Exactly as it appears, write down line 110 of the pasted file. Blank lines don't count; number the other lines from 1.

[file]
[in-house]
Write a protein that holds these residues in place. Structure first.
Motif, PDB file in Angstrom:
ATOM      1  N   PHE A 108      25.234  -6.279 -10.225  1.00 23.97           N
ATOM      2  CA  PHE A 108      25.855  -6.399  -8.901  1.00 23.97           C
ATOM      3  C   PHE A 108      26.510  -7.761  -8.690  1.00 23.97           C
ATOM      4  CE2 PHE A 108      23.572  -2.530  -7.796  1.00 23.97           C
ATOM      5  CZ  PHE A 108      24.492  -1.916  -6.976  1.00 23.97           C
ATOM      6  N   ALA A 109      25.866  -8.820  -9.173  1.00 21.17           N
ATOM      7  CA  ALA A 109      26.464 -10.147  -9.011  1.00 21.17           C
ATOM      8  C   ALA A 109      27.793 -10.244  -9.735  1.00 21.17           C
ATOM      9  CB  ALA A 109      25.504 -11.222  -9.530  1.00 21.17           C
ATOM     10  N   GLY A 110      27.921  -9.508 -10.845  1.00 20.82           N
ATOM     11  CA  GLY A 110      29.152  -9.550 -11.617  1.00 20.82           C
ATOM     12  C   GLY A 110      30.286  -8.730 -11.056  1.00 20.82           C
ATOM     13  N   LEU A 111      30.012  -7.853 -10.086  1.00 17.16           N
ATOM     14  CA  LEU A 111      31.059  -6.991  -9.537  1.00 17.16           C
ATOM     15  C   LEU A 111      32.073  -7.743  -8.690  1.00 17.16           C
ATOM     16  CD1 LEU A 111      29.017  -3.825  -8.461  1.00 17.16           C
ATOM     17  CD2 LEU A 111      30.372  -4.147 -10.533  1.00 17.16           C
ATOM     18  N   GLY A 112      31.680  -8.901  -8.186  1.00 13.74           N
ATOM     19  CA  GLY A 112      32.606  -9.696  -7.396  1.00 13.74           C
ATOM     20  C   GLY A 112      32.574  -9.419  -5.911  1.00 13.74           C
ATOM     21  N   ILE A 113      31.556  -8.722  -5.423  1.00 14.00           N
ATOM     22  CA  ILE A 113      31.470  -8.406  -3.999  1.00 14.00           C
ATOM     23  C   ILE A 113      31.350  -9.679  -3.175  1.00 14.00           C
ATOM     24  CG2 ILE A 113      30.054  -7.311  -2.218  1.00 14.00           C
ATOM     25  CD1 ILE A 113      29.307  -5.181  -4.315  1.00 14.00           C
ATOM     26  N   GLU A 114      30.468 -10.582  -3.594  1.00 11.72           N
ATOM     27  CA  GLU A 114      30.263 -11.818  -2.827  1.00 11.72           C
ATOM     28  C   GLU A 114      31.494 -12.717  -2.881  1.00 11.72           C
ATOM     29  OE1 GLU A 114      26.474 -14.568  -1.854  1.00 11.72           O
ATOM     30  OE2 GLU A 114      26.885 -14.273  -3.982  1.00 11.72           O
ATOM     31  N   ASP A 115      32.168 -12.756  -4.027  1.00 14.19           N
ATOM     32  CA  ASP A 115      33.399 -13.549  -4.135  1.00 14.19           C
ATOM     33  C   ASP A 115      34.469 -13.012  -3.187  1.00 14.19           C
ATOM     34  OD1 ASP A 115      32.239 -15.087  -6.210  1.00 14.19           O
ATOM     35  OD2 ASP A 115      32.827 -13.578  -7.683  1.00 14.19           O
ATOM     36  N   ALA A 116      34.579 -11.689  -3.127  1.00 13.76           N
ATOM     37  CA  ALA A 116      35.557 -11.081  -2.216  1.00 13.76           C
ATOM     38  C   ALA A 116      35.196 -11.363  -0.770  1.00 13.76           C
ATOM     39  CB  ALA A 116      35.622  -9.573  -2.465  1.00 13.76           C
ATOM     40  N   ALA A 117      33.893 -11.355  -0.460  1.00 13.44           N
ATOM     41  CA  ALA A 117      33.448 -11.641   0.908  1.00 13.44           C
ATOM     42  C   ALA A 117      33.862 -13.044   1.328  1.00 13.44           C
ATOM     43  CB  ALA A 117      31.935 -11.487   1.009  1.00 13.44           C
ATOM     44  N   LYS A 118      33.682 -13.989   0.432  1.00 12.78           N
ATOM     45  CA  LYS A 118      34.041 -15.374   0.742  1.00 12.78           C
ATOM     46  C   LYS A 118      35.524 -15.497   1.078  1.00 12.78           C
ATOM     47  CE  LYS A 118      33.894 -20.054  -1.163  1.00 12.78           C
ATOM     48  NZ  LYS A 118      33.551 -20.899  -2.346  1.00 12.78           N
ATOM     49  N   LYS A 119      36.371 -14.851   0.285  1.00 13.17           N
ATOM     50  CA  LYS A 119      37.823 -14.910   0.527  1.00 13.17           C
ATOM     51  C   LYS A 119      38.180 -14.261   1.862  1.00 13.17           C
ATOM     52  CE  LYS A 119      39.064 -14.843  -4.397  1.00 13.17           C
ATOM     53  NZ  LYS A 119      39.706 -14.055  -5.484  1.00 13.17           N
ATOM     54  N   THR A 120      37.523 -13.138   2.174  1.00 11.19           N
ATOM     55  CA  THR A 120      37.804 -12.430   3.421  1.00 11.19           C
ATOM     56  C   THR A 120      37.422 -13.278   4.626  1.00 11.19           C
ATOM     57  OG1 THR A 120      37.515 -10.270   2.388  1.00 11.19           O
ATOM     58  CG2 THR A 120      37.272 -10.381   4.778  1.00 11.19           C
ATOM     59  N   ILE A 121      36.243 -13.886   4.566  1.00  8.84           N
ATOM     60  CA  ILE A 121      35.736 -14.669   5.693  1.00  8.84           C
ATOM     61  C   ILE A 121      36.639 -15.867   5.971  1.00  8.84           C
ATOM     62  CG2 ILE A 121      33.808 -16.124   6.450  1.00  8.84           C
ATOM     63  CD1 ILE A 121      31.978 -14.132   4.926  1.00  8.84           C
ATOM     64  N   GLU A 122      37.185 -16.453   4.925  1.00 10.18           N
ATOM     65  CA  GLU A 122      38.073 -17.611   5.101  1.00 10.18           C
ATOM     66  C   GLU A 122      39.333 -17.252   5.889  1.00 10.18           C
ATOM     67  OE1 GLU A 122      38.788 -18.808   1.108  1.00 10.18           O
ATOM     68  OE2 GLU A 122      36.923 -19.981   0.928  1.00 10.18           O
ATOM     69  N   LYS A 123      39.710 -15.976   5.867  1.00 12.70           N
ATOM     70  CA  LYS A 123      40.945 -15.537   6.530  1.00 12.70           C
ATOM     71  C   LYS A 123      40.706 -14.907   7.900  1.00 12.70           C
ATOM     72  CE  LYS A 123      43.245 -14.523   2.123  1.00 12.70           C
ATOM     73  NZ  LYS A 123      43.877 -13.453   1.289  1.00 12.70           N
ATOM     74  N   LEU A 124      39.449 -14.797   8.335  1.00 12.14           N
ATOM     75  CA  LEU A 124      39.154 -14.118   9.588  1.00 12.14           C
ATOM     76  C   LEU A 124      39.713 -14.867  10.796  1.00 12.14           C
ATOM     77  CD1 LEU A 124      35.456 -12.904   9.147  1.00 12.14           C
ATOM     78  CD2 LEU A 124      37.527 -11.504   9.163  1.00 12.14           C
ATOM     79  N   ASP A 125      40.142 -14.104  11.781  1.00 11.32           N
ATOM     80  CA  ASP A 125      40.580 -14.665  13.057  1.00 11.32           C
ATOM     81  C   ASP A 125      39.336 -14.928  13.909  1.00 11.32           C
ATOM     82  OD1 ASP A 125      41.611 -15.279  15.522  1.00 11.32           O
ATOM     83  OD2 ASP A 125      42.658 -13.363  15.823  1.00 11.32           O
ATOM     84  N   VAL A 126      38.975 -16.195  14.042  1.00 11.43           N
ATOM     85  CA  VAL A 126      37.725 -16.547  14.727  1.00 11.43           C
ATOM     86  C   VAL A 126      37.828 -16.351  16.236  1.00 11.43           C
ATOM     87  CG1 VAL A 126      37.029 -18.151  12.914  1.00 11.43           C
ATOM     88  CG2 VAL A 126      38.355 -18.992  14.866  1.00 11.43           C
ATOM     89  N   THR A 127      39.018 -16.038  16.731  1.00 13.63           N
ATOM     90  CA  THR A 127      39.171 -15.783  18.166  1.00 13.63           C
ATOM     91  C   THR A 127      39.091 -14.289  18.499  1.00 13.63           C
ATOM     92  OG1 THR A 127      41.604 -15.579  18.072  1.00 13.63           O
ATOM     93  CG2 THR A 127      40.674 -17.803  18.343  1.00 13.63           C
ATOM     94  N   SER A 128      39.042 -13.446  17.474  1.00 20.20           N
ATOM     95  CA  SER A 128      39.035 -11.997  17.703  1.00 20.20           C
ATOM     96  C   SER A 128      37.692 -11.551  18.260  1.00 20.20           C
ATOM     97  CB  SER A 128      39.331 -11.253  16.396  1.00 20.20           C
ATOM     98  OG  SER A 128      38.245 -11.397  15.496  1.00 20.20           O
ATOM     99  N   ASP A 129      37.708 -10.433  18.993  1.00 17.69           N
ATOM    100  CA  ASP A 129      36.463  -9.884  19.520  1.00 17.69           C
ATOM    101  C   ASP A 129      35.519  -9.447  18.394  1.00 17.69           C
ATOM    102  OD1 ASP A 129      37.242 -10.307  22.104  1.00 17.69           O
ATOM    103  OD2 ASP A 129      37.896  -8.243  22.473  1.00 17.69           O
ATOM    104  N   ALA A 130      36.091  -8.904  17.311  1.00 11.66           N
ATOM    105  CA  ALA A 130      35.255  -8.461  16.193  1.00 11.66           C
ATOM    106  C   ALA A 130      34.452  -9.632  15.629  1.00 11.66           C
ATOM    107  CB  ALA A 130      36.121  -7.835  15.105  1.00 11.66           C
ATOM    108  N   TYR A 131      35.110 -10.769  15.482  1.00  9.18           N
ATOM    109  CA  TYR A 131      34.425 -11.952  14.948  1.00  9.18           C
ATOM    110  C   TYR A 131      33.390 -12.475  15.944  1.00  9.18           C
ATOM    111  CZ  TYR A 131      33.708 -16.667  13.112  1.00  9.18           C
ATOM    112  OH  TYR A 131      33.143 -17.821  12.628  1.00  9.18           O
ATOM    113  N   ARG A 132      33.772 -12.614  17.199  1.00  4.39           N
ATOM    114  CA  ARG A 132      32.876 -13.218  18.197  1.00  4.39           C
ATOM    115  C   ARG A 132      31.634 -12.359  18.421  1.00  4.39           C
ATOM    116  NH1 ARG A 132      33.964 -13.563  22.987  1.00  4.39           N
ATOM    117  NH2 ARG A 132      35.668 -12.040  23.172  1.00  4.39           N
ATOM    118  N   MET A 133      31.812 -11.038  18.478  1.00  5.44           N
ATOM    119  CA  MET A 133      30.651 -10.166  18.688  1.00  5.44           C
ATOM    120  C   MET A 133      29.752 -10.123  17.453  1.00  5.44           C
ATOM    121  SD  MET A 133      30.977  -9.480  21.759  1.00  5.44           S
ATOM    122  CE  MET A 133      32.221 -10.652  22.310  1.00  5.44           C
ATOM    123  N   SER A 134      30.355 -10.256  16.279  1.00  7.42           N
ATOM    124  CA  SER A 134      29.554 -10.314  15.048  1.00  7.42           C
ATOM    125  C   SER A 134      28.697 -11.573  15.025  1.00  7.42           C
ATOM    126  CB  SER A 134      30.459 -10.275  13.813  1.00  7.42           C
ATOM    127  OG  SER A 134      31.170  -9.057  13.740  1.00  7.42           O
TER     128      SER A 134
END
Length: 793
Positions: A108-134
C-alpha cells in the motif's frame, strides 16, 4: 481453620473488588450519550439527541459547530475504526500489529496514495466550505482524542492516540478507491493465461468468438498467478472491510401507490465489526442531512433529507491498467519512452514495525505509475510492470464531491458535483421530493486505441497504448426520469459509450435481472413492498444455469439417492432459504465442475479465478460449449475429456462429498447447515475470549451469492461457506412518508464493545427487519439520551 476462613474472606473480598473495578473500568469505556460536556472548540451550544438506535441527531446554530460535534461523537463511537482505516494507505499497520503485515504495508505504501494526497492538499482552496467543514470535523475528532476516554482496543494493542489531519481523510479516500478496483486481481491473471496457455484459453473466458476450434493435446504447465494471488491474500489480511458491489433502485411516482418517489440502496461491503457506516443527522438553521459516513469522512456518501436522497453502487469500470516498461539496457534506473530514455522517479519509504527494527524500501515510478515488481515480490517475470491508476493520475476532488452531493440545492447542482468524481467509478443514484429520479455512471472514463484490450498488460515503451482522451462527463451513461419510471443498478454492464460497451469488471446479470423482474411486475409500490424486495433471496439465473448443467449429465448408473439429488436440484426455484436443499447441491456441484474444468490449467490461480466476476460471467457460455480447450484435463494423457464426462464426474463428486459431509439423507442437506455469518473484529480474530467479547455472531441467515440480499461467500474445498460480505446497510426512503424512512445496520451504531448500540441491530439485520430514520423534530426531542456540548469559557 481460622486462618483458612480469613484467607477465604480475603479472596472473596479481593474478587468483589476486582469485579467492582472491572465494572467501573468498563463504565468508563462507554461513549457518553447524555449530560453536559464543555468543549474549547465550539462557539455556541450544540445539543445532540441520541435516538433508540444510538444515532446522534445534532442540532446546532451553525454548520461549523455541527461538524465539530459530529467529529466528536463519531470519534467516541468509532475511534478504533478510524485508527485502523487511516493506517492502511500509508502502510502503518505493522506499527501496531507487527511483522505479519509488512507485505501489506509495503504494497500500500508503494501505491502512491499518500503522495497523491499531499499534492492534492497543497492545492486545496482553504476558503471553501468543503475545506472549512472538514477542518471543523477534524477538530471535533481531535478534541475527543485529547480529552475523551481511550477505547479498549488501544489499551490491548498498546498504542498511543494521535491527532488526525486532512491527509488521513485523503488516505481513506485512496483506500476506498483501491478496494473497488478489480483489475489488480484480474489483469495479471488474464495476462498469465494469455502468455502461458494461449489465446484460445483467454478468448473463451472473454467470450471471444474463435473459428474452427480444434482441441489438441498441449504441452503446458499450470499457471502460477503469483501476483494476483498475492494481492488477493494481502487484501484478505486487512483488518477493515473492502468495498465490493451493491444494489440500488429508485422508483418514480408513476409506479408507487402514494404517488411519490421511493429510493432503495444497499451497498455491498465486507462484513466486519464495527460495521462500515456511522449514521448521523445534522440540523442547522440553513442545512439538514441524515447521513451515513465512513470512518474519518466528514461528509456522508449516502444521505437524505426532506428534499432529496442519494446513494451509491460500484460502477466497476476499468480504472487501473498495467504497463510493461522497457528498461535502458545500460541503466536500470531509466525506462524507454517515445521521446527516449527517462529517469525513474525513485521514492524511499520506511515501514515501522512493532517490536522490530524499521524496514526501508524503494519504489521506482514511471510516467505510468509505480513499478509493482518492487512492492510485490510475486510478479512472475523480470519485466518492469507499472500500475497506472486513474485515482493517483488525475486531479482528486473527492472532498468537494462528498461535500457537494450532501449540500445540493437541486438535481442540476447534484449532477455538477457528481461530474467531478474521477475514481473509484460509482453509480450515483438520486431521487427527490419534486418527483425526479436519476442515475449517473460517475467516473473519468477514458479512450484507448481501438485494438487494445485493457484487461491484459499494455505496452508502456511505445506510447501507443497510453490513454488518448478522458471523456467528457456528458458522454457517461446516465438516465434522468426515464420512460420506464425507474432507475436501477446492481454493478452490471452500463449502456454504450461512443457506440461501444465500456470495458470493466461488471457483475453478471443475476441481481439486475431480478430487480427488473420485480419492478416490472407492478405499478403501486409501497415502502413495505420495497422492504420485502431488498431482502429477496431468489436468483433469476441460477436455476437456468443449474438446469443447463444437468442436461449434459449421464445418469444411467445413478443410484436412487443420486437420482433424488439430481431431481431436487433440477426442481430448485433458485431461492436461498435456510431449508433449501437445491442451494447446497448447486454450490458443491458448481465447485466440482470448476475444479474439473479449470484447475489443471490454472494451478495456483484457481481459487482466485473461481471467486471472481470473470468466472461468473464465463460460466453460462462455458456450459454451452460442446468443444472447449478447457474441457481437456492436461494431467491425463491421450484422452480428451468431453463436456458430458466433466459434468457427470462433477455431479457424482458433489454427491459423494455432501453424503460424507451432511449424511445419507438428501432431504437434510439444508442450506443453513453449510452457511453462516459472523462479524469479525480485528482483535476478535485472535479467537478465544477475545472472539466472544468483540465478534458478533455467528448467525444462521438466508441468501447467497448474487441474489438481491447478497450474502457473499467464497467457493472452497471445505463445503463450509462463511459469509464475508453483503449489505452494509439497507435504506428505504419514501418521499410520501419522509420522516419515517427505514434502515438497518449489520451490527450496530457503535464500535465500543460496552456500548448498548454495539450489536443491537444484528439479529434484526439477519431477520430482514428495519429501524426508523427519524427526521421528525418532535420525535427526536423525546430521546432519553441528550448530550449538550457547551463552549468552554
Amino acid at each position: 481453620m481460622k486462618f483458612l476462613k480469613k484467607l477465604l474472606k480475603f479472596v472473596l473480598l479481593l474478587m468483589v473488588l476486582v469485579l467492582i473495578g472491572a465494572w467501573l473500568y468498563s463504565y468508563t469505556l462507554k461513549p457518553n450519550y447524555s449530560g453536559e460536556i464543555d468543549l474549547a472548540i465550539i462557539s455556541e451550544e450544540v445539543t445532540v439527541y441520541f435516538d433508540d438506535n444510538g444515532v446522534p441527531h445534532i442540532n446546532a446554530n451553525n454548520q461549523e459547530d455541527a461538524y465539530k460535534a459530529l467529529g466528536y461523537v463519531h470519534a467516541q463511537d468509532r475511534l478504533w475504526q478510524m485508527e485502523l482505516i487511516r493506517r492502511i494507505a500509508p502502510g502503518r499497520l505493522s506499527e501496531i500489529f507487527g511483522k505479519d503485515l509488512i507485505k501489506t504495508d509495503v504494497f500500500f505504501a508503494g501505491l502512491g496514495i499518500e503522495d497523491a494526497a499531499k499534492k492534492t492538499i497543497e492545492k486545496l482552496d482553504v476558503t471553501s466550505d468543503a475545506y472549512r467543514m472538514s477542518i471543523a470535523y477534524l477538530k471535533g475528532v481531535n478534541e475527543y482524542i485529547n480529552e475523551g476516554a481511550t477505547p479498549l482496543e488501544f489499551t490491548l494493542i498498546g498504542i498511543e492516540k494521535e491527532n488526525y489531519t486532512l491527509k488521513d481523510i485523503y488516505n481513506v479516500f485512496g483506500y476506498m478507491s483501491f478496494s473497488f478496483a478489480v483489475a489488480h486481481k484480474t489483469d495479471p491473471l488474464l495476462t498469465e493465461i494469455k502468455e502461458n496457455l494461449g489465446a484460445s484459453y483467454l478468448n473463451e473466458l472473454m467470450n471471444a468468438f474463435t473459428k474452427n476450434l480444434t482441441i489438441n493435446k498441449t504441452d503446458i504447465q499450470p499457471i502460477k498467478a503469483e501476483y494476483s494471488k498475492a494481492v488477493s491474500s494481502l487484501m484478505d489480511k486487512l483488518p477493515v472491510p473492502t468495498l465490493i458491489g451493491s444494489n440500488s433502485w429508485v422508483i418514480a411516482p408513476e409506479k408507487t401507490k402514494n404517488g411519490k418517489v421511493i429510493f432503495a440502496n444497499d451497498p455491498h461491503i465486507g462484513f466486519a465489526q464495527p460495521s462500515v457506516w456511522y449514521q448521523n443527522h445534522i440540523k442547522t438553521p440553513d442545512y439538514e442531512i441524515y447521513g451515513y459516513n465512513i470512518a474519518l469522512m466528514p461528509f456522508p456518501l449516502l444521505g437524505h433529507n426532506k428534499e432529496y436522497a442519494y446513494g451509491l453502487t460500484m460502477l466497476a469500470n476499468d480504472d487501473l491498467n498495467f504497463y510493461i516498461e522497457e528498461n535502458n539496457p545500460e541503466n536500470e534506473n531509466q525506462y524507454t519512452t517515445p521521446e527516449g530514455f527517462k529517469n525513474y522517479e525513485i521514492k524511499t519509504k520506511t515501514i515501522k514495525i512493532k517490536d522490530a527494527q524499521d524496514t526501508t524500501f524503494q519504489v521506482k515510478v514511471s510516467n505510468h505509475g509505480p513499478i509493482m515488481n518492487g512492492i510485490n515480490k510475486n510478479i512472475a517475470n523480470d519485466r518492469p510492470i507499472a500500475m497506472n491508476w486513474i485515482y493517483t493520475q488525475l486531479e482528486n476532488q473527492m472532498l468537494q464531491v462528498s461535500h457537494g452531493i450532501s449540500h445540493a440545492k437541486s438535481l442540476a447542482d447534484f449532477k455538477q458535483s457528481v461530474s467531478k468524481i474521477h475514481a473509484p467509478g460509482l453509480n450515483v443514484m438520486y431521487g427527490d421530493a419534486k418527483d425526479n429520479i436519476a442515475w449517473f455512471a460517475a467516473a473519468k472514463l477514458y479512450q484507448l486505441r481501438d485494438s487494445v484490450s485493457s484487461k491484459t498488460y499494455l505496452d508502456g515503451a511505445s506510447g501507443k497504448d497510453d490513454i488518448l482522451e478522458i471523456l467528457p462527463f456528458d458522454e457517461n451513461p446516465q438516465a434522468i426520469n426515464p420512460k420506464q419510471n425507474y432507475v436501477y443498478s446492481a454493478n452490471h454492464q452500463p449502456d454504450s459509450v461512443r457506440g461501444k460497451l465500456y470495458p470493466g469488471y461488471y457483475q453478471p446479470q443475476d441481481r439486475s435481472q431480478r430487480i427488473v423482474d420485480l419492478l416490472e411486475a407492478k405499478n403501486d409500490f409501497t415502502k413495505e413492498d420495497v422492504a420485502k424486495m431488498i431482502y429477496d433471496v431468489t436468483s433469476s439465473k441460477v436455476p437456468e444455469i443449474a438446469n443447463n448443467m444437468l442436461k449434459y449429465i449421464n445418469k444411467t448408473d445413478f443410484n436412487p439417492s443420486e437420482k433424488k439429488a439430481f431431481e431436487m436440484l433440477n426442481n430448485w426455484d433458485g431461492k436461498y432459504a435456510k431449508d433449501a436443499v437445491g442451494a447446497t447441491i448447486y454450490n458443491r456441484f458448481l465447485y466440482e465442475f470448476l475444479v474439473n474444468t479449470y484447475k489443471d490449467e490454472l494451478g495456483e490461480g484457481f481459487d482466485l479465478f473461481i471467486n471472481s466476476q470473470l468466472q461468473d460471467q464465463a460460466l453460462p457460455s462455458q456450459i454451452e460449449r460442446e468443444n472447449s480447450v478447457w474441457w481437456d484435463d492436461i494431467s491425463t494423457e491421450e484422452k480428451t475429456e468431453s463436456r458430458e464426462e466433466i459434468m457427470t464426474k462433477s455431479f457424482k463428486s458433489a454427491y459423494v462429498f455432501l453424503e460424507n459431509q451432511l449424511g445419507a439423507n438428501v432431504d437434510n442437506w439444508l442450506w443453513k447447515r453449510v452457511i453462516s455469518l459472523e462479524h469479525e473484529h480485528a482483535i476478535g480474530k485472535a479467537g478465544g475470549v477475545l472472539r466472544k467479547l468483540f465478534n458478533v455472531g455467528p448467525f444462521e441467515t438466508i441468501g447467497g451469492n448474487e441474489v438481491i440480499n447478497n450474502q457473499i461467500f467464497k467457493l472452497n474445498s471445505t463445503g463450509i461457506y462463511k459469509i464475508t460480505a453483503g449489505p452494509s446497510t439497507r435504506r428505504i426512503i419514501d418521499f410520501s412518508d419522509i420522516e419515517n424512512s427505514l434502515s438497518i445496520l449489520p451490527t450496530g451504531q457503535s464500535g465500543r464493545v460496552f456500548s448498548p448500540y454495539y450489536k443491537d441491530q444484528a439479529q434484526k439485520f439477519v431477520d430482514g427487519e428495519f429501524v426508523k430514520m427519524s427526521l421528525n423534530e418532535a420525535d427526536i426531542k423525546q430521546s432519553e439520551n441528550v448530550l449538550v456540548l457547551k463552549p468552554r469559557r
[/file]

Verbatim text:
ATOM    107  CB  ALA A 130      36.121  -7.835  15.105  1.00 11.66           C